Master Gardeners: Show Yourselves!

Ever wondered what a “master gardener” is? You’ve probably spoken to one if you’ve ever called your county Cooperative Extension Service with a question. Master Gardeners are part of the agency’s volunteer staff and receive special training in exchange for community service in the field of horticulture. When the Master Gardener program began in 1979, volunteers mostly answered telephone requests for gardening information. Today, the opportunities have expanded greatly. Recently, Master Gardeners have created and maintained demonstration gardens; led gardening projects for the elderly and disabled and for economically disadvantaged youth; planned community beautification projects; and managed plant diagnostics labs. Gardeners accepted into the program receive a minimum of 40 hours of training on topics including lawns; ornamental trees and shrubs; insect, disease and weed management; soils and plant nutrition; and vegetable gardening. Once certified, Master Gardeners must volunteer a minimum of 40 hours the first year and 20 hours each subsequent year. In North Carolina, 73 counties offer the program, and more than 3,000 volunteers currently participate. To learn more, call your county Cooperative Extension Service office or visit www.ces.ncsu.edu/depts/hort/consumer/masgar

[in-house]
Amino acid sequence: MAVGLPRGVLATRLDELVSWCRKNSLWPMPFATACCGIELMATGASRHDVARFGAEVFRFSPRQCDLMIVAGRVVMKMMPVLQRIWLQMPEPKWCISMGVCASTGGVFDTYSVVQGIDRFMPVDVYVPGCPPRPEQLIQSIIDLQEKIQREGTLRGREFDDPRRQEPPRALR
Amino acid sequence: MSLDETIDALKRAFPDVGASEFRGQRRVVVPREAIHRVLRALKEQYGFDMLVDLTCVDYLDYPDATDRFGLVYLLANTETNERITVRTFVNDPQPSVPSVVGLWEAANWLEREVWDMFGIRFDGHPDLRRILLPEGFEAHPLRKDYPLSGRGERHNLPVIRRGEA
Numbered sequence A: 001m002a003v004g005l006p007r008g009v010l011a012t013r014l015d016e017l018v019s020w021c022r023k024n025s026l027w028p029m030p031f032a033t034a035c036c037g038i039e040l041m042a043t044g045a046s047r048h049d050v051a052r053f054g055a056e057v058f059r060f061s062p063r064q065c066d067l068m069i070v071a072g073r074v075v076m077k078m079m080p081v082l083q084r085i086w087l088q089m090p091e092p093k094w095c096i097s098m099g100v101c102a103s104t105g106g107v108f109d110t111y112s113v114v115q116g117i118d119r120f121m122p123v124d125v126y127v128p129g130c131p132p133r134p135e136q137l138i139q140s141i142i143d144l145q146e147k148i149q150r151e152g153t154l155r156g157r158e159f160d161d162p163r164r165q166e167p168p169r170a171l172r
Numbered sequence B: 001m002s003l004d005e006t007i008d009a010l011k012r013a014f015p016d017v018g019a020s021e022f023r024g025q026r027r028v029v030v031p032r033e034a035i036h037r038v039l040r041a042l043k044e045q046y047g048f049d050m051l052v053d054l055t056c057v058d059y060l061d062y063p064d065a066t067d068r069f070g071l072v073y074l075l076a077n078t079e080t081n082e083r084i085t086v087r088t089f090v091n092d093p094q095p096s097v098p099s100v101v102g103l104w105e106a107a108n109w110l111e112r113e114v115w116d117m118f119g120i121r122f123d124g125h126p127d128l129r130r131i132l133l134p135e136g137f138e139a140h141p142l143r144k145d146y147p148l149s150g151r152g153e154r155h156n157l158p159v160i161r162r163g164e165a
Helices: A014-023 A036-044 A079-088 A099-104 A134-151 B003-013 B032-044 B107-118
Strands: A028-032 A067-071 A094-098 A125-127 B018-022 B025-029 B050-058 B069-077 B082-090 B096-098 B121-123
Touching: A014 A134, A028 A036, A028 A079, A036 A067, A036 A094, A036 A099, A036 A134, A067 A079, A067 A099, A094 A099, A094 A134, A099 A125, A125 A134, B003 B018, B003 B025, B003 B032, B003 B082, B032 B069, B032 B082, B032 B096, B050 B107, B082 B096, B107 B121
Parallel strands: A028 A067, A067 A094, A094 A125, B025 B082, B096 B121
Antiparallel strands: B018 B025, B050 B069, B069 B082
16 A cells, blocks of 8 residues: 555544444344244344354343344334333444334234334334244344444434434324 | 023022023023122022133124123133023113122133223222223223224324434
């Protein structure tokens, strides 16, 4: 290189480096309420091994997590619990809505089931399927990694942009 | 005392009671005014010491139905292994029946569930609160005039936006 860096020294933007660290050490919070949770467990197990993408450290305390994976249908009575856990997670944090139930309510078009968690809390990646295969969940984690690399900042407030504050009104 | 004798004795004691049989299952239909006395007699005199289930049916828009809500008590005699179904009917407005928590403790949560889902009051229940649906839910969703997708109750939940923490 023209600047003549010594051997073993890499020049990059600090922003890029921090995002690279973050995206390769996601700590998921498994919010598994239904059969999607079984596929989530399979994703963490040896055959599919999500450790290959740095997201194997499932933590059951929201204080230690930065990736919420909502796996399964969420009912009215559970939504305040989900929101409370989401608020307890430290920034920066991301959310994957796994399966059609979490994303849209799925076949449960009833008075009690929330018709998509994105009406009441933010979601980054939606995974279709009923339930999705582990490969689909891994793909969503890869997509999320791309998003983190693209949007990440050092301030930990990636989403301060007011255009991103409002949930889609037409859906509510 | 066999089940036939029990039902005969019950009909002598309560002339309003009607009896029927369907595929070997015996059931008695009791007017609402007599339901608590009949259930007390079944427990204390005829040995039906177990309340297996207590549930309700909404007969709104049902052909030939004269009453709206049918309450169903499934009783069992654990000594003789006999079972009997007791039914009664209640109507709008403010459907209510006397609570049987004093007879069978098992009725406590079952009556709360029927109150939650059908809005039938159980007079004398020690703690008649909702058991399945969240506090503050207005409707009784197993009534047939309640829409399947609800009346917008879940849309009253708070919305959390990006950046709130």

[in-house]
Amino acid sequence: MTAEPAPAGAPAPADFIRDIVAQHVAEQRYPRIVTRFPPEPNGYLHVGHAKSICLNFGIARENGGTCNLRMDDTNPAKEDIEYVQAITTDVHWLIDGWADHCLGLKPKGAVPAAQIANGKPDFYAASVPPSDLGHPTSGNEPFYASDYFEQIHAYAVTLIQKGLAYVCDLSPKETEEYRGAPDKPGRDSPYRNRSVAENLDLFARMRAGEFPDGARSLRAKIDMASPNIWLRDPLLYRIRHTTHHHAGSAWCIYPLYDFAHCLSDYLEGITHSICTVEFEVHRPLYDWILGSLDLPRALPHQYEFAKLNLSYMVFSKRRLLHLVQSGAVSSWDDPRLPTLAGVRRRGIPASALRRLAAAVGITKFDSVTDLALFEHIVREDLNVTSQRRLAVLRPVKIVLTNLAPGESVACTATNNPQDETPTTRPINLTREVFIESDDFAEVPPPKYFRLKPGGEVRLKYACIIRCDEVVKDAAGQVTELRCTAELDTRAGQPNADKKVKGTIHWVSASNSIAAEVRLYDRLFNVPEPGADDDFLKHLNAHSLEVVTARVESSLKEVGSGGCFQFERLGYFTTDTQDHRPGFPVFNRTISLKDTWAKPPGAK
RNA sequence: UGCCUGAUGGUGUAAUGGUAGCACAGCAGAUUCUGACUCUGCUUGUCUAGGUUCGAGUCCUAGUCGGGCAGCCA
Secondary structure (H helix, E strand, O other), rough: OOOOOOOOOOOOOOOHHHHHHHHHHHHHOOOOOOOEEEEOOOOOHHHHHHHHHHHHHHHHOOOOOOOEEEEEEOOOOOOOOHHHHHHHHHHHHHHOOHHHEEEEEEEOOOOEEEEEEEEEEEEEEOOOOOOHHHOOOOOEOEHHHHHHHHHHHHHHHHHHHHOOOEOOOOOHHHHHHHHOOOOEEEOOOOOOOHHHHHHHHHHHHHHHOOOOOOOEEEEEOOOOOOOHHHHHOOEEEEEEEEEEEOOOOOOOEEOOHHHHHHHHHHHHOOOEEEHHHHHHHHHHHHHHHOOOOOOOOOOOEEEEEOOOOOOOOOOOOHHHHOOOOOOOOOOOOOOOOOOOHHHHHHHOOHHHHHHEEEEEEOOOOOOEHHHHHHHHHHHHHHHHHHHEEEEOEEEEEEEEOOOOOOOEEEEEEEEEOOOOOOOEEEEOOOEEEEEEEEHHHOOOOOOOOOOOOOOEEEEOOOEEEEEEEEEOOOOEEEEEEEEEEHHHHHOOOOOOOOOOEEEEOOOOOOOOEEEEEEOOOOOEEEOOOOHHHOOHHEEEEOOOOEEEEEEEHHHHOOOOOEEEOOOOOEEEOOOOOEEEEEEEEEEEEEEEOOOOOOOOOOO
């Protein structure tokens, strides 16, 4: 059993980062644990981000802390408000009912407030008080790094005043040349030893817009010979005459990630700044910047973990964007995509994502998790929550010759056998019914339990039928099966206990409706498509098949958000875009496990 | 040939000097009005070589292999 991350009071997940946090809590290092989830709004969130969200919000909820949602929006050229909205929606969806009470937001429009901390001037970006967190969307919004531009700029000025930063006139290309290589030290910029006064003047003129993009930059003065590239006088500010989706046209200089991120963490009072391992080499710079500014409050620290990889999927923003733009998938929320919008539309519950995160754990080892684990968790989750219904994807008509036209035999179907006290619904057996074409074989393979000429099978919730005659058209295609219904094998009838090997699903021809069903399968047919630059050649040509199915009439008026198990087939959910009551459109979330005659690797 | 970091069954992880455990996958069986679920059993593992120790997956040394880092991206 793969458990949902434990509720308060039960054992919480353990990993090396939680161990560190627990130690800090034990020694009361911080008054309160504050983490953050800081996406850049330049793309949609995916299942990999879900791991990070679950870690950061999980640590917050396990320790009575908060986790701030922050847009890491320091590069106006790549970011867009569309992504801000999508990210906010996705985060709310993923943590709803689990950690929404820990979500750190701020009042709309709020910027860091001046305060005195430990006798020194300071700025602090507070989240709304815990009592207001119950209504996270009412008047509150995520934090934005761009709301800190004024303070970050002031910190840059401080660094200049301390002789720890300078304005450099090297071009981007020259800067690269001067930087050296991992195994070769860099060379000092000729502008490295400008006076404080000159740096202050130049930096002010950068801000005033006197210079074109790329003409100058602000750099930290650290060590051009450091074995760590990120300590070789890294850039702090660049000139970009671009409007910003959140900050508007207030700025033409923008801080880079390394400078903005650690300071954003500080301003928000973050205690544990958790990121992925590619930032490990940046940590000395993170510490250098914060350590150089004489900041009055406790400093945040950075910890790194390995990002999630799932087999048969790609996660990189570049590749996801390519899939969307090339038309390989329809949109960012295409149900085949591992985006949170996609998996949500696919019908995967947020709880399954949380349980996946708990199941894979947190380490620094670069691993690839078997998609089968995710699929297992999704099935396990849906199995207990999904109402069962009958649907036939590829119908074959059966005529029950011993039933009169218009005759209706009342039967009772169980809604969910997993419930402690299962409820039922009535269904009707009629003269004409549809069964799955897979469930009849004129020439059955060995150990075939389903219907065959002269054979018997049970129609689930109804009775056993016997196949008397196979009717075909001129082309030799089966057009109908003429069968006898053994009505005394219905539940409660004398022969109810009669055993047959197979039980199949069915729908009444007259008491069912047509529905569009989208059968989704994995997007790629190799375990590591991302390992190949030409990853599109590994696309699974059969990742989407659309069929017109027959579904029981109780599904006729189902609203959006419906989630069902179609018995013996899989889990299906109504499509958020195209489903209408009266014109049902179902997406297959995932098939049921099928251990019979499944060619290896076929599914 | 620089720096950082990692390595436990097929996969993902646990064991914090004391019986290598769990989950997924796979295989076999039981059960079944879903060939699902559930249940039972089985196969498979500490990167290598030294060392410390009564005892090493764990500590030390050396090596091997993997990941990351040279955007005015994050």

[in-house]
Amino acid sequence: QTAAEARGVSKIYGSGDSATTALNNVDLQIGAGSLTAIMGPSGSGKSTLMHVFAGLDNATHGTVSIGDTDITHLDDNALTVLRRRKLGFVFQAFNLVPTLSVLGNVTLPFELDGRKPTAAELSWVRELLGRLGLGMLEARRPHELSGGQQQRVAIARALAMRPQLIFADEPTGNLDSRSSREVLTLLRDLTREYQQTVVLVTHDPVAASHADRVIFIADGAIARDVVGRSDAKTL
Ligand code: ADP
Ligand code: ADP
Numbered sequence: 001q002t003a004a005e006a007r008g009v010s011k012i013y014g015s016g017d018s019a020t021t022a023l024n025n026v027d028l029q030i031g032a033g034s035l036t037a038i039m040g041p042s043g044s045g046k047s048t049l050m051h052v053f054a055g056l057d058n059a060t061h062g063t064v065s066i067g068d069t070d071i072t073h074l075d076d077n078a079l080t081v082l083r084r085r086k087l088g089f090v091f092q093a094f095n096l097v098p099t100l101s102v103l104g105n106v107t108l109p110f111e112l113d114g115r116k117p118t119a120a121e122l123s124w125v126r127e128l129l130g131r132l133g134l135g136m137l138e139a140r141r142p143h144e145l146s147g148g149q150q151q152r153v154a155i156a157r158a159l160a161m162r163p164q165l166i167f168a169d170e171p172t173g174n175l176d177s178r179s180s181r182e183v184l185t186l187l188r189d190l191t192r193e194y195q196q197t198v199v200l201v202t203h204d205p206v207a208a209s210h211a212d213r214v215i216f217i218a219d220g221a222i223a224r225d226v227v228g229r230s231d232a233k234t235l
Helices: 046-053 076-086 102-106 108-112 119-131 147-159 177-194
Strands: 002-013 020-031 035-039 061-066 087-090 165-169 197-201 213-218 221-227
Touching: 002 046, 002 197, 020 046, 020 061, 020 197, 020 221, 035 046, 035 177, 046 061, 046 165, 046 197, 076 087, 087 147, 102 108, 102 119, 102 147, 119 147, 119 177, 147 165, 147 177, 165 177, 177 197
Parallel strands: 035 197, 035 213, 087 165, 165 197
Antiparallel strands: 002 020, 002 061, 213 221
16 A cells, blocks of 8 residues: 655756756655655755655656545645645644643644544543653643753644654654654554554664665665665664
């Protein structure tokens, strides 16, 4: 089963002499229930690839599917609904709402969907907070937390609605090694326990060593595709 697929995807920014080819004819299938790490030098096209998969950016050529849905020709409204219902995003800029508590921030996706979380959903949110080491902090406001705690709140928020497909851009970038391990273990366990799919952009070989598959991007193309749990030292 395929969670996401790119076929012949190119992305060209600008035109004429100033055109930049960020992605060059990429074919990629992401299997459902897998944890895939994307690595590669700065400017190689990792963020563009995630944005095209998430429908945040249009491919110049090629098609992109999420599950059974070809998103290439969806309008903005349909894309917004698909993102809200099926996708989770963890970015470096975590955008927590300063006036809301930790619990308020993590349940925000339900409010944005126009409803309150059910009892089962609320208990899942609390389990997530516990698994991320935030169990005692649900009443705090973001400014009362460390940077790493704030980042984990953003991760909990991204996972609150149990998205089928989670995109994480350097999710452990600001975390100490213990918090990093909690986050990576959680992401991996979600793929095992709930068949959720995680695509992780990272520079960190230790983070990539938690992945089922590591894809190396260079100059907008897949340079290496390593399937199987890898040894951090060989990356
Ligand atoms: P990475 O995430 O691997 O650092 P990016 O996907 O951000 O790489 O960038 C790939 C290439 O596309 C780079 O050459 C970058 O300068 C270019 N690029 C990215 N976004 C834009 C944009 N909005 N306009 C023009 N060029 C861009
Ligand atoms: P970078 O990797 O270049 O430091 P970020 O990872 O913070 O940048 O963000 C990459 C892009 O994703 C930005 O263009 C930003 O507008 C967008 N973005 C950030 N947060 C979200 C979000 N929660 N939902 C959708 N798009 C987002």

If You Think You’re Underqualified …

Some gardeners know a lot less than you do. These are actual questions asked of Master Gardeners, according to Erv Evans, N.C. State University Consumer Horticulturist:

“I have atheists on my houseplant. How do I get rid of them?”

“How do you plant bluegrass sod? Green side up or down?”

“I want to grow kudzu. How do I get started?”

“Can I put formaldehyde on my vegetable garden to kill fusarium wilt on my tomatoes?”

“What is an insexicide?” (asked by a 4-year-old gardener)

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